Date of Verdict: April 11.
Court and Case No.: C.P. Delaware No. 11-007963.
Judge: Christine Fizzano Cannon.
Type of Action: Motor vehicle.
Injuries: Post-traumatic headaches, cervical strain and sprain, among other injuries.
Plaintiffs Counsel: Warren I. Siegel and Melissa R. Paris, Bernhardt, Rothermel & Siegel, Philadelphia.
Defense Counsel: Daniel M. Brown, William J. Ferren & Associates, Blue Bell, Pa.
Plaintiffs Experts: Dr. Michael M. Cohen, neurology, Bala Cynwyd, Pa.; Dr. Maxwell Stepanuk, orthopedics, Elkins Park, Pa.
Defense Experts: Dr. Stephen L. Fedder, neurology, Wynnewood, Pa.
Comment: A Delaware County jury has awarded a $1.35 million verdict to a woman who was injured in a side-impact collision at an intersection by a driver she claimed had turned too widely and had been driving too fast.
According to plaintiff Carolyn Breazeale’s attorney, Warren I. Siegel, the parties entered into a high-low agreement before the trial, the terms of which he would not disclose.
When the parties filed pretrial statements, however, the plaintiff’s demand was $245,000. When Breazeale filed her pretrial settlement conference memorandum in December 2012, the defendant, Katherine Bowker, had not offered anything to settle the case, the memo said.
According to Siegel, when the case got to trial, the defense agreed to a high-low.
Siegel said the case turned on the jury’s recognition that the plaintiff surpassed the limited tort threshold of having a serious impairment.
Following a two-day trial before Judge Christine Fizzano Cannon, the jury returned a verdict in Breazeale’s favor on April 11. According to a release from Siegel’s law firm, Bernhardt, Rothermel & Siegel, announcing the verdict, the jury awarded $1 million for past and future medical expenses and $200,000 for lost wages, as well as $150,000 in non-economic damages — $75,000 for pain and suffering and $75,000 for loss of life’s pleasures.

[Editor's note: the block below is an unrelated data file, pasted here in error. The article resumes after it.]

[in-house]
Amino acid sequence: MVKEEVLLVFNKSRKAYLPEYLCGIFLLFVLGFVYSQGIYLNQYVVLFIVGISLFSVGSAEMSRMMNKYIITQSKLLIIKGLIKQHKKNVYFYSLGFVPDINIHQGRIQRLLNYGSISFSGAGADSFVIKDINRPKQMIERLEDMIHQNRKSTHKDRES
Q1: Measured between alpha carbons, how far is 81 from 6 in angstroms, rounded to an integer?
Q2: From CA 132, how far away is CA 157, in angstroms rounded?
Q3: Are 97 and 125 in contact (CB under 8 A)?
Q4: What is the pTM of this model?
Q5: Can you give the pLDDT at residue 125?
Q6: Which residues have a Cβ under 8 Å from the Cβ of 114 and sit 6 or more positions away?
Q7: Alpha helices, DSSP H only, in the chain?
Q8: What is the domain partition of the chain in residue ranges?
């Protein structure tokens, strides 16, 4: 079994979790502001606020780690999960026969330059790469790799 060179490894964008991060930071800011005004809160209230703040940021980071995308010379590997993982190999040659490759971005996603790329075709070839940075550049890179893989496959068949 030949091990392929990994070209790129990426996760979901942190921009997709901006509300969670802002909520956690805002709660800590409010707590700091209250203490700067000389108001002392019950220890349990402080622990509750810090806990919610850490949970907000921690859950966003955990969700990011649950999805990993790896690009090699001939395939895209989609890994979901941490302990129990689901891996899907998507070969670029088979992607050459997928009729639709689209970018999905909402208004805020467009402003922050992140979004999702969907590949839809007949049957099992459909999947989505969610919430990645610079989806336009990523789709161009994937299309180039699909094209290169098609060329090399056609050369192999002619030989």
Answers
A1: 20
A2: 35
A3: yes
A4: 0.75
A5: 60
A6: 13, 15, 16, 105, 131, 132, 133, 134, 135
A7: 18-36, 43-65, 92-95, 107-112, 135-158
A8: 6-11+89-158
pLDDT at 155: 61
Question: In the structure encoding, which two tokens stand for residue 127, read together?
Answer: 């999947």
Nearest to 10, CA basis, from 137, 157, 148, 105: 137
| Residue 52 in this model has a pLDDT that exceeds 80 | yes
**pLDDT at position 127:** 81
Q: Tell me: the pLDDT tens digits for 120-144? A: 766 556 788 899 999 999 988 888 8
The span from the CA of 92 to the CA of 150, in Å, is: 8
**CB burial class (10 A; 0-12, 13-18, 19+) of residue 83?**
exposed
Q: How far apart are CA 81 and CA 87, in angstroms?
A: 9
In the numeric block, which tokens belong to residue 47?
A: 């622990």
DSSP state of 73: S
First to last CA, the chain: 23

The accident took place October 15, 2010, at the intersection of Lansdowne Avenue and Providence Road in Yeadon, Pa. Breazeale was turning left onto Providence from Lansdowne as the defendant was turning right onto Lansdowne from Providence.
Breazeale had a green light and Bowker had a green right-turn arrow, according to court records.
Liability was a contested issue, but Bowker admitted before trial that she never saw the plaintiff cross the double-yellow line before impact, the law firm’s release said. That fact lent credence to the plaintiff’s theory that Bowker did not turn sharply enough to avoid crossing into oncoming traffic, Siegel said.
“If you don’t hug the curve, you’re going into the oncoming traffic,” Siegel said.
Breazeale had a Safe Auto Insurance policy at the time of the accident, in which she had selected the limited tort option.
She claimed she suffered from post-traumatic headaches, cervical strain and sprain, cervical pain secondary to disc herniations at four levels, left upper extremity radiculopathy, left lower extremity radiculopathy and other injuries.
Breazeale’s pretrial memo highlighted an orthopedist’s opinion that many of her injuries were a result of the accident and that she was a surgical candidate for interventional spine care.
At trial, neurologist Dr. Michael M. Cohen opined that Breazeale was going to need surgery, Siegel said.
Defense papers said Bowker’s damages witness, Dr. Stephen L. Fedder, a neurosurgeon from Wynnewood, Pa., opined that Breazeale did not suffer a serious impairment of bodily function from the car accident. The defendant contended that the plaintiff would not surpass the limited tort threshold.
At trial, according to the plaintiff’s firm’s release, Fedder testified that Breazeale only suffered from a sprain and strain of her neck at worst, and that she had recovered from her injuries.
Bowker’s attorney, Daniel M. Brown of William J. Ferren & Associates in Blue Bell, Pa., did not return a call requesting comment.
— Ben Present, of the Law Weekly